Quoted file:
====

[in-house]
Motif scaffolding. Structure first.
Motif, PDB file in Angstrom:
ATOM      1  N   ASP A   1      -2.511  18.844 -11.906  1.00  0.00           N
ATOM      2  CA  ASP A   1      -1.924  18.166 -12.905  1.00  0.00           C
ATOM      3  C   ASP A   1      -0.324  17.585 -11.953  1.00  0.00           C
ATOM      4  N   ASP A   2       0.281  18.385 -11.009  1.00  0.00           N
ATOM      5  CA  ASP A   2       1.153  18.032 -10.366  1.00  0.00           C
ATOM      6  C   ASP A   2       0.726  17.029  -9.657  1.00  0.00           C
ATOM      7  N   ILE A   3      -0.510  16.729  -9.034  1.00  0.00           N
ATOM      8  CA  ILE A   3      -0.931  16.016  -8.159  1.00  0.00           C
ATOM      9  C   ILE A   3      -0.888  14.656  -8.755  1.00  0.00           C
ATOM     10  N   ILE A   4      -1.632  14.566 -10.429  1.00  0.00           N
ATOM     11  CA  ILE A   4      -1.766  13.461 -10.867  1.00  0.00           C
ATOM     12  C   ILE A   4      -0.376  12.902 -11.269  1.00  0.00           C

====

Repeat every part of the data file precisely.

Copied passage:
[in-house]
Motif scaffolding. Structure first.
Motif, PDB file in Angstrom:
ATOM      1  N   ASP A   1      -2.511  18.844 -11.906  1.00  0.00           N
ATOM      2  CA  ASP A   1      -1.924  18.166 -12.905  1.00  0.00           C
ATOM      3  C   ASP A   1      -0.324  17.585 -11.953  1.00  0.00           C
ATOM      4  N   ASP A   2       0.281  18.385 -11.009  1.00  0.00           N
ATOM      5  CA  ASP A   2       1.153  18.032 -10.366  1.00  0.00           C
ATOM      6  C   ASP A   2       0.726  17.029  -9.657  1.00  0.00           C
ATOM      7  N   ILE A   3      -0.510  16.729  -9.034  1.00  0.00           N
ATOM      8  CA  ILE A   3      -0.931  16.016  -8.159  1.00  0.00           C
ATOM      9  C   ILE A   3      -0.888  14.656  -8.755  1.00  0.00           C
ATOM     10  N   ILE A   4      -1.632  14.566 -10.429  1.00  0.00           N
ATOM     11  CA  ILE A   4      -1.766  13.461 -10.867  1.00  0.00           C
ATOM     12  C   ILE A   4      -0.376  12.902 -11.269  1.00  0.00           C